Circuitry contained within the swallowable sensor device controls the implementation of the diagnostic and/or treatment functionalities. Although the diagnostic/treatment components are coupled to the circuitry, the circuitry and other internal components (such as a power supply, a communication module, and other such components) are not exposed to the external environment. Exposing the circuitry and other internal components to the external environment would likely cause the swallowable sensor device to malfunction, and/or could also be harmful to the patient.

To expose the diagnostic/treatment components, while protecting the internal components, an embodiment of the present invention uses a molding technique to manufacture a swallowable sensor device. In this embodiment, the internal components of the swallowable sensor device—such as a printed circuit (PC) board, a battery, and a transducer—are mechanically and electrically coupled to each other. The internal components are inserted into a molding cavity. The cavity may be pre-filled with a potting material or the potting material may be injected into the cavity after the internal components have been inserted therein. The cavity is then sealed, allowing the potting material to harden. The hardened potting material forms an exterior housing that protects the internal components of the swallowable sensor device from the external environment.

In an embodiment, the potting material comprises a UV curable epoxy. In this embodiment, the chemical composition of the potting material results in an acoustically transmissive substance (transmissive at a desired acoustic frequency) with an impedance between that of a transducer and the human body. Furthermore, curing the UV epoxy in an oxygen rich environment results in a layering of the cure, which in turn results in a layering of the impedance from the potting material abutting the transducer and the external layer of the swallowable sensor device. Ideally, the swallowable sensor device includes an infinite number of layers from the acoustic impedance of the transducer to the acoustic impedance of the human body, resulting in the highest possible acoustic performance (i.e., the most energy transmitted outward from the acoustic source). Accordingly, embodiments of the present invention include a relatively large number of layers of acoustic impedance between the transducer and the human body. The aforementioned layered impedance construction yields a highly efficient swallowable sensor device in acoustic performance.

Importantly, the PC board includes a plurality of projections that extend radially outward causing them to abut against the cavity wall. Because the projections abut against the cavity wall, the potting material is prevented from covering the distal ends of the projections. As a result, when the potting material hardens to form the exterior housing, the projections will be exposed to the then external environment. However, the projections will be mechanically and/or electrically coupled to the internal components of the swallowable sensor device.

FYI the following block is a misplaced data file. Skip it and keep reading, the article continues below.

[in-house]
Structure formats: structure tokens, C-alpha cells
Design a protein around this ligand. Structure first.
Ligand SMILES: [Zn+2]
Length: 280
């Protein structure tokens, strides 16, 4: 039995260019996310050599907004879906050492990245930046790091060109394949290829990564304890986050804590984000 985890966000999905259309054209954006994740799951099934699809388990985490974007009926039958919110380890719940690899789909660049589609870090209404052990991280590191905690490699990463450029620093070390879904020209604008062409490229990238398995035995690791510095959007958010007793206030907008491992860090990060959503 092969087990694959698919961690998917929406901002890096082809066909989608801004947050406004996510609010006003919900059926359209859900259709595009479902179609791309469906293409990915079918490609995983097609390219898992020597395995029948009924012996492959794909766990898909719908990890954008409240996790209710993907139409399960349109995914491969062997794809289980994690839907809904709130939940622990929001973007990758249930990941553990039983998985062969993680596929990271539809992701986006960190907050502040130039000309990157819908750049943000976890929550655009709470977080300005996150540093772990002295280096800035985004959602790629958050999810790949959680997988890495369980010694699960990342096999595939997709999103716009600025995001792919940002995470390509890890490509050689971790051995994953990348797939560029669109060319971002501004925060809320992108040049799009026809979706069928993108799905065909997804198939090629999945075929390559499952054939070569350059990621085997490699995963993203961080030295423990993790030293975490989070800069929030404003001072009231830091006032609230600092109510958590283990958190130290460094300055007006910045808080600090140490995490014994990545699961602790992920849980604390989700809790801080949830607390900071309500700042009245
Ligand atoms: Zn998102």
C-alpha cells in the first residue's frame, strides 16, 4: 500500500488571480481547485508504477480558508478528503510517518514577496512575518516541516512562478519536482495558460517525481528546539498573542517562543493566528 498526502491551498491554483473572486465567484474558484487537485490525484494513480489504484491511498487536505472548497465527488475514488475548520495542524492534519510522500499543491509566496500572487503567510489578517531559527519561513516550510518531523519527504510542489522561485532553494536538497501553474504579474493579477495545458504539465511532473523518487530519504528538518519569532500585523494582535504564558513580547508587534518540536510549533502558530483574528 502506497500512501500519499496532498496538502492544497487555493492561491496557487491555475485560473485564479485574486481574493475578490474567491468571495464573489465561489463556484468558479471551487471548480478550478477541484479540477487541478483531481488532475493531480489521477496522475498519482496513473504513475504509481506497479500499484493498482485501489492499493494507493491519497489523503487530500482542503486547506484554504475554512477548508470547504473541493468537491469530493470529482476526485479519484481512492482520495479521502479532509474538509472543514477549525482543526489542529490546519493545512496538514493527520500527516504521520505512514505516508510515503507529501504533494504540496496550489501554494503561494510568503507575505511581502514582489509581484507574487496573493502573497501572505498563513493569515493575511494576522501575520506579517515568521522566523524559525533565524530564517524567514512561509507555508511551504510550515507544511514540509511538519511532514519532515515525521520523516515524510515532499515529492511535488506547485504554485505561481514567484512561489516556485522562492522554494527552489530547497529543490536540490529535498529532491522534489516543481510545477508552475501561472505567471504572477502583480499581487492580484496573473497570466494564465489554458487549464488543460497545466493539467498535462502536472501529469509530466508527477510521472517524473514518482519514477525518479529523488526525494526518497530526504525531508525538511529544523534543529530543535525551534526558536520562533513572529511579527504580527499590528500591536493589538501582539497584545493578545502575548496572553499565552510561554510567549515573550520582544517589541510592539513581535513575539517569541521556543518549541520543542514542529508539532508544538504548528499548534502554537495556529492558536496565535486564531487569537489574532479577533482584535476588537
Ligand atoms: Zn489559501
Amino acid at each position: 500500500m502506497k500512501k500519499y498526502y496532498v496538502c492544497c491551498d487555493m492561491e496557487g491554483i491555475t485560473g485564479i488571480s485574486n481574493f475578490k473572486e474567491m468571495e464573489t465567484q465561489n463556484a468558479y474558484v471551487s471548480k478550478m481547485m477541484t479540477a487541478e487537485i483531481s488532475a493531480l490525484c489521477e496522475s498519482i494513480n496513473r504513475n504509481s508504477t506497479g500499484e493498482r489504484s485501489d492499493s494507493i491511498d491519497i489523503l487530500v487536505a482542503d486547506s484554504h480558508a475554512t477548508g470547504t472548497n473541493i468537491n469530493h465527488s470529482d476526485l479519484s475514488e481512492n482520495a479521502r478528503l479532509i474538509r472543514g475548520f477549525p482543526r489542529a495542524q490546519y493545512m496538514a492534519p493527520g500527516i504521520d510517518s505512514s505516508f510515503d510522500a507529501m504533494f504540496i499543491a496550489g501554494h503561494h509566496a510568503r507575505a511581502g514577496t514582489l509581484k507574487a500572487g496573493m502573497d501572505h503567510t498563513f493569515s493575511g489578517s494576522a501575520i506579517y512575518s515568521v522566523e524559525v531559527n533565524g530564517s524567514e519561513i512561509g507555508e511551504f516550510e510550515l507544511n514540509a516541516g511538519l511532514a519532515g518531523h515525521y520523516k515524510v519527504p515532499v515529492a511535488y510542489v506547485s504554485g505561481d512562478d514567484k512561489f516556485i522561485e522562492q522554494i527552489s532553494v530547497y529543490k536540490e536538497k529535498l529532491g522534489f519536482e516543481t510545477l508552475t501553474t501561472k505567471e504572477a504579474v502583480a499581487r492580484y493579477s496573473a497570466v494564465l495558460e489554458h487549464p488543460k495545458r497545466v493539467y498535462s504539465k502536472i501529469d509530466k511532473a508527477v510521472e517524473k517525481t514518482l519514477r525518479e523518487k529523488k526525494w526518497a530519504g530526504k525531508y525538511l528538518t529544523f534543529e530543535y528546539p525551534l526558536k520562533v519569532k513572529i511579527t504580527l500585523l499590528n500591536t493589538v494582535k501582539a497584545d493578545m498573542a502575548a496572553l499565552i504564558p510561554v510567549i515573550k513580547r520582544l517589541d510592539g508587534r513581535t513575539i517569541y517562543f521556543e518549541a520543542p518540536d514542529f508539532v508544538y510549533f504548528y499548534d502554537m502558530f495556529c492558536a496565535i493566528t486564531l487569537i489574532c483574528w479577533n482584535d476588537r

Each projection may comprise an electrode or a hollow tubing. The electrodes are coupled to sensors that collect data corresponding to the internal body chemistry of a patient. Because the housing does not cover the electrodes, the sensors will be exposed to the external environment of the swallowable sensor device, but electrically coupled to internal components. Thus, the sensors can properly function to receive stimuli from the external environment, which can then be communicated to internal circuitry contained within the swallowable sensor device.

Additionally, each sensor may be covered with a digestible, protective material.

As the swallowable sensor device travels through a human's gastrointestinal tract, the protective material covering each sensor is digested. By covering the sensors with different thicknesses of protective material, the sensors can be exposed to the external environments at different times as the swallowable sensor device travels through a human's gastrointestinal tract. Thus, the swallowable sensor device can be configured for timed release of each sensor based on the thickness of the digestible, protective material covering each sensor.

Similar to each electrode, a first end of the hollow tubing is exposed to the external environment and a second end is coupled to a container that is sealed within the housing of the swallowable sensor device. Thus, the hollow tubing can properly function to deliver materials and treatment to and/or collect samples from the external environment of the swallowable sensor device.

The methods and systems of the present invention for manufacturing a swallowable sensor device are described in greater detail below. To better understand these methods and systems, however, it is first helpful to describe an example environment in which such a swallowable sensor device may be implemented and an example swallowable sensor device.